Are TV ad boycotts the right way to protest?

More businesses seem willing to yank their advertising dollars from platforms that are involved in controversies.

In the latest example, Laura Ingraham lost the support of some advertisers this week after she mockingly tweeted at David Hogg over college rejections. Hogg is a survivor of the Parkland school shooting who has helped lead a surge of gun control activism. He responded by calling on companies to pull their spots from her prime-time show.

On CNN's "Reliable Sources" Sunday, host Brian Stelter posed the question: "Are ad boycotts the right answer?"

"I'm personally pretty wary of this. I think it's dangerous," Stelter said. "My view is, let's not shut down anyone's right to speak, let's meet their comments with more speech."

But Anthony Atamanuik, who hosts the satirical program "The President Show" on Comedy Central, argued that money and speech can be one in the same.

"Part of speech is, in a capitalist society, hitting people in the pocket book," he said. "This was a personal attack from the position that [Ingraham] has. You have to meet that with something just as strong."

Related: Ingraham to take week-long break amid controversy

"Meeting speech with speech is fine, but part of speech in our culture is money," he added.

David Zurawick, a media critic at The Baltimore Sun, agreed. He called Hogg's push for an advertiser boycott "incredibly media savvy."

"In the world of commercial media, nothing is more powerful than an advertiser boycott. The first commandment is 'Thou shalt not lose thy advertisers,'" he said.

He added that that Ingraham, given her position as a host on a national network, should have expected the "fiercest kind of pushback" for going after the high school shooting survivor.

Zurawick argued the survivors have a "moral high ground" because of the tragedy they endured.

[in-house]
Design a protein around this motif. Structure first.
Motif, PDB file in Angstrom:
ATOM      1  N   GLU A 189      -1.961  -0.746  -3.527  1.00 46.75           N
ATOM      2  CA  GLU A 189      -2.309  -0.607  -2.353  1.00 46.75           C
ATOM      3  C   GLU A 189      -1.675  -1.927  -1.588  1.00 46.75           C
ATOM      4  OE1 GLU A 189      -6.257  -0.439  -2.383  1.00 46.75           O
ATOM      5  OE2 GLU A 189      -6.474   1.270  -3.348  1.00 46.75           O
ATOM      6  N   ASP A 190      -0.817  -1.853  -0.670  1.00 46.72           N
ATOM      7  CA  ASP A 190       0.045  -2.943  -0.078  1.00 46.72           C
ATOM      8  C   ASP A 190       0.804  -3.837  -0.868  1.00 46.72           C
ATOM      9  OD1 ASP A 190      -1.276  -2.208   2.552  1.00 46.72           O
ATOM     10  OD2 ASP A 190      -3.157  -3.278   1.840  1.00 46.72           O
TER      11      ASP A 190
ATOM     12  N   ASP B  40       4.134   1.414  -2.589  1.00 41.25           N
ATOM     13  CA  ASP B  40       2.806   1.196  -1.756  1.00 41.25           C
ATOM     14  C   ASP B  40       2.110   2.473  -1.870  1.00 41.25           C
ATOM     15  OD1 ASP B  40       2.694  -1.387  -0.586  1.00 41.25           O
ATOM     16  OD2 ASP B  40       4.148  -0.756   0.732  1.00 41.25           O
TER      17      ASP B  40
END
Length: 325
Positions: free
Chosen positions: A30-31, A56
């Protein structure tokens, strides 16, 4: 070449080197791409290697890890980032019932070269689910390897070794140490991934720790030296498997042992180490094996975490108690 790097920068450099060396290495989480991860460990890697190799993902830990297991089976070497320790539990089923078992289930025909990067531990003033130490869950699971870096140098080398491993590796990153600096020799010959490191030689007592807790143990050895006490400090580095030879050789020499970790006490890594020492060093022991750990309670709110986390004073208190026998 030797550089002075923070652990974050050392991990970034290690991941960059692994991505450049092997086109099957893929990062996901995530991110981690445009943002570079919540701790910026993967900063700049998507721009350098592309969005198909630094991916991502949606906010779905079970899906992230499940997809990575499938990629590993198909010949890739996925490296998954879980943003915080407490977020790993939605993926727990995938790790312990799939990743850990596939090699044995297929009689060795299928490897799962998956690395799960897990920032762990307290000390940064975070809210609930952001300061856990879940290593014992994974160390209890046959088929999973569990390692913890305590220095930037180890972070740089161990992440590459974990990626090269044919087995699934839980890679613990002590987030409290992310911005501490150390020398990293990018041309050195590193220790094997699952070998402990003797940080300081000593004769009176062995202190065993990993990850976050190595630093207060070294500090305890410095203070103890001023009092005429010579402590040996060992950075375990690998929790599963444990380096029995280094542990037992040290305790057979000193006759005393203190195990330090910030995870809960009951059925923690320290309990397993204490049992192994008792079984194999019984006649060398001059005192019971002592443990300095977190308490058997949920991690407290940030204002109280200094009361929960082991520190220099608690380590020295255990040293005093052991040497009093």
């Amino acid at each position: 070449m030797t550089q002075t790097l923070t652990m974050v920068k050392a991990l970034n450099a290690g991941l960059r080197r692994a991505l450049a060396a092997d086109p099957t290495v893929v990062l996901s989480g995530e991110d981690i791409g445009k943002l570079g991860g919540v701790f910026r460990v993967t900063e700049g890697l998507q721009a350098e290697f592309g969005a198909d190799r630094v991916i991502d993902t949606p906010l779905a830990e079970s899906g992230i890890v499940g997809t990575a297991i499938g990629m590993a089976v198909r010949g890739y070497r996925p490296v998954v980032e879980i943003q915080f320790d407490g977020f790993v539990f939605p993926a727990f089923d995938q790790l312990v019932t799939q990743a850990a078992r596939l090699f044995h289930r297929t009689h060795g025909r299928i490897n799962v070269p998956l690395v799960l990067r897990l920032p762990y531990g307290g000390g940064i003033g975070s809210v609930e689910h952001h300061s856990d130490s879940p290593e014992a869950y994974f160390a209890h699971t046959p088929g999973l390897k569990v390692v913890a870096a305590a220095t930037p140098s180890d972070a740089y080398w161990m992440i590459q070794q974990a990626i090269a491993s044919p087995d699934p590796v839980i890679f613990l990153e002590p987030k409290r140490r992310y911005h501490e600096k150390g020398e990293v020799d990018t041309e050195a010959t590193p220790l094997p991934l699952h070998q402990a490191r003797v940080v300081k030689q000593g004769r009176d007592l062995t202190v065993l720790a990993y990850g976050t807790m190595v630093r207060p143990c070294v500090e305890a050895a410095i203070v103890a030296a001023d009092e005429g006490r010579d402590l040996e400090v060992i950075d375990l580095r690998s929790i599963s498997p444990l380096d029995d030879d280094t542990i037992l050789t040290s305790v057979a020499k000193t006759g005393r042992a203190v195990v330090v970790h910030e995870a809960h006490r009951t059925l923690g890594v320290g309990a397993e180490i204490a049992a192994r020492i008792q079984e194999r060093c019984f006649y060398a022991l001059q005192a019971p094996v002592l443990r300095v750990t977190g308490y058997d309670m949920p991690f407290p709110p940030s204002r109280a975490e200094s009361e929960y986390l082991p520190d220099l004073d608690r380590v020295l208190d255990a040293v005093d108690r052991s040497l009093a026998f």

Atamanuik added, "I think the most amazing thing, to me, is that these young kids have more maturity and purpose than most of the folks who are trying to cover the story, especially at Fox."

Zurawick also pointed out the parallels between Ingraham's vacation from her show and the leave taken by Bill O'Reilly, the former Fox News host, just before he left the network amid sexual harassment allegations last April. O'Reilly has denied all the allegations against him.

Related: Ingraham's apology to David Hogg has not stemmed advertiser exodus

Stelter asked if it's fair to compare Ingraham's tweet with the scandal stirred up by the stunning accusations against O'Reilly.

But Zurawick dismissed the idea that Ingraham's jab at Hogg was just a tweet.

"I think if you tweet and you work in the mainstream media, you might as well publish it on the front page of The New York Times," Zurawick responded.

Hogg and other student activists that survived the shooting in Parkland, Florida also led the charge for corporate boycotts of the National Rifle Association.

The students wielded their social media followings to pressure companies to sever ties with the nation's most powerful gun lobby. More than a dozen brands said they would no longer offer special perks or discounts to NRA

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